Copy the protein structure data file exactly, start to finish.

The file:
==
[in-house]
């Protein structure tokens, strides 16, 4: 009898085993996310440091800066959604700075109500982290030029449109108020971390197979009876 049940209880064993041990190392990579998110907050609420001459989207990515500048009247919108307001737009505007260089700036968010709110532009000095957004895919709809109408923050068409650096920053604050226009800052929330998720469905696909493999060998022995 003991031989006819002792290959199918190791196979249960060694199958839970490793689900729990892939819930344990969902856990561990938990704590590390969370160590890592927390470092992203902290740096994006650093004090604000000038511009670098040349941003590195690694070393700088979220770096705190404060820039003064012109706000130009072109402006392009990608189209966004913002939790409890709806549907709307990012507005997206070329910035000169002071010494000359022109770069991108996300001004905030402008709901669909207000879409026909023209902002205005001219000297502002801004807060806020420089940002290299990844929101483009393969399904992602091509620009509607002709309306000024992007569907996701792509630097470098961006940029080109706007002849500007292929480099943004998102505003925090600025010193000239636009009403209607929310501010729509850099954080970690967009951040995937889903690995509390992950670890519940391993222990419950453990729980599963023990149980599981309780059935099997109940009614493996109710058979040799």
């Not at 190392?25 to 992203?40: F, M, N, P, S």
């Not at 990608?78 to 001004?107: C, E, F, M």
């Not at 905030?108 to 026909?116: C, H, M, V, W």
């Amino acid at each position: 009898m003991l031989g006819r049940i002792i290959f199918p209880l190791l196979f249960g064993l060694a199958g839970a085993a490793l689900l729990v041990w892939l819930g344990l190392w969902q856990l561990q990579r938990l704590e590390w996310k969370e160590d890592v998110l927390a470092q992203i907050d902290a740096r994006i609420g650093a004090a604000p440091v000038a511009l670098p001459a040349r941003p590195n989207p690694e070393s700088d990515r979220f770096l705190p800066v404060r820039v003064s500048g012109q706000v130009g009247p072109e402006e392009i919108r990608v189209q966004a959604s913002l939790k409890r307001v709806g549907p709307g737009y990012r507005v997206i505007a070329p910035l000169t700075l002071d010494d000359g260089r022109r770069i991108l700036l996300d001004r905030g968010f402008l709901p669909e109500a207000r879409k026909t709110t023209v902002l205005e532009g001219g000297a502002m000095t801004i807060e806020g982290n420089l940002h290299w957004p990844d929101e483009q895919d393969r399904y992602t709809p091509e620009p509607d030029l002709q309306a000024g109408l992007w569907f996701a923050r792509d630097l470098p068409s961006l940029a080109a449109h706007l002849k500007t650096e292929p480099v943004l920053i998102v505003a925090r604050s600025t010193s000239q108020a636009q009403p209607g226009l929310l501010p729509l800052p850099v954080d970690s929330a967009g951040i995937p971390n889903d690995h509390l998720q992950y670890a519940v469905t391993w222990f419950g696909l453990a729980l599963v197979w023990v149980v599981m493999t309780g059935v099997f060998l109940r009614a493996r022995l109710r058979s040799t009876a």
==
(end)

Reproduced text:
[in-house]
């Protein structure tokens, strides 16, 4: 009898085993996310440091800066959604700075109500982290030029449109108020971390197979009876 049940209880064993041990190392990579998110907050609420001459989207990515500048009247919108307001737009505007260089700036968010709110532009000095957004895919709809109408923050068409650096920053604050226009800052929330998720469905696909493999060998022995 003991031989006819002792290959199918190791196979249960060694199958839970490793689900729990892939819930344990969902856990561990938990704590590390969370160590890592927390470092992203902290740096994006650093004090604000000038511009670098040349941003590195690694070393700088979220770096705190404060820039003064012109706000130009072109402006392009990608189209966004913002939790409890709806549907709307990012507005997206070329910035000169002071010494000359022109770069991108996300001004905030402008709901669909207000879409026909023209902002205005001219000297502002801004807060806020420089940002290299990844929101483009393969399904992602091509620009509607002709309306000024992007569907996701792509630097470098961006940029080109706007002849500007292929480099943004998102505003925090600025010193000239636009009403209607929310501010729509850099954080970690967009951040995937889903690995509390992950670890519940391993222990419950453990729980599963023990149980599981309780059935099997109940009614493996109710058979040799």
């Not at 190392?25 to 992203?40: F, M, N, P, S």
């Not at 990608?78 to 001004?107: C, E, F, M």
């Not at 905030?108 to 026909?116: C, H, M, V, W």
């Amino acid at each position: 009898m003991l031989g006819r049940i002792i290959f199918p209880l190791l196979f249960g064993l060694a199958g839970a085993a490793l689900l729990v041990w892939l819930g344990l190392w969902q856990l561990q990579r938990l704590e590390w996310k969370e160590d890592v998110l927390a470092q992203i907050d902290a740096r994006i609420g650093a004090a604000p440091v000038a511009l670098p001459a040349r941003p590195n989207p690694e070393s700088d990515r979220f770096l705190p800066v404060r820039v003064s500048g012109q706000v130009g009247p072109e402006e392009i919108r990608v189209q966004a959604s913002l939790k409890r307001v709806g549907p709307g737009y990012r507005v997206i505007a070329p910035l000169t700075l002071d010494d000359g260089r022109r770069i991108l700036l996300d001004r905030g968010f402008l709901p669909e109500a207000r879409k026909t709110t023209v902002l205005e532009g001219g000297a502002m000095t801004i807060e806020g982290n420089l940002h290299w957004p990844d929101e483009q895919d393969r399904y992602t709809p091509e620009p509607d030029l002709q309306a000024g109408l992007w569907f996701a923050r792509d630097l470098p068409s961006l940029a080109a449109h706007l002849k500007t650096e292929p480099v943004l920053i998102v505003a925090r604050s600025t010193s000239q108020a636009q009403p209607g226009l929310l501010p729509l800052p850099v954080d970690s929330a967009g951040i995937p971390n889903d690995h509390l998720q992950y670890a519940v469905t391993w222990f419950g696909l453990a729980l599963v197979w023990v149980v599981m493999t309780g059935v099997f060998l109940r009614a493996r022995l109710r058979s040799t009876a």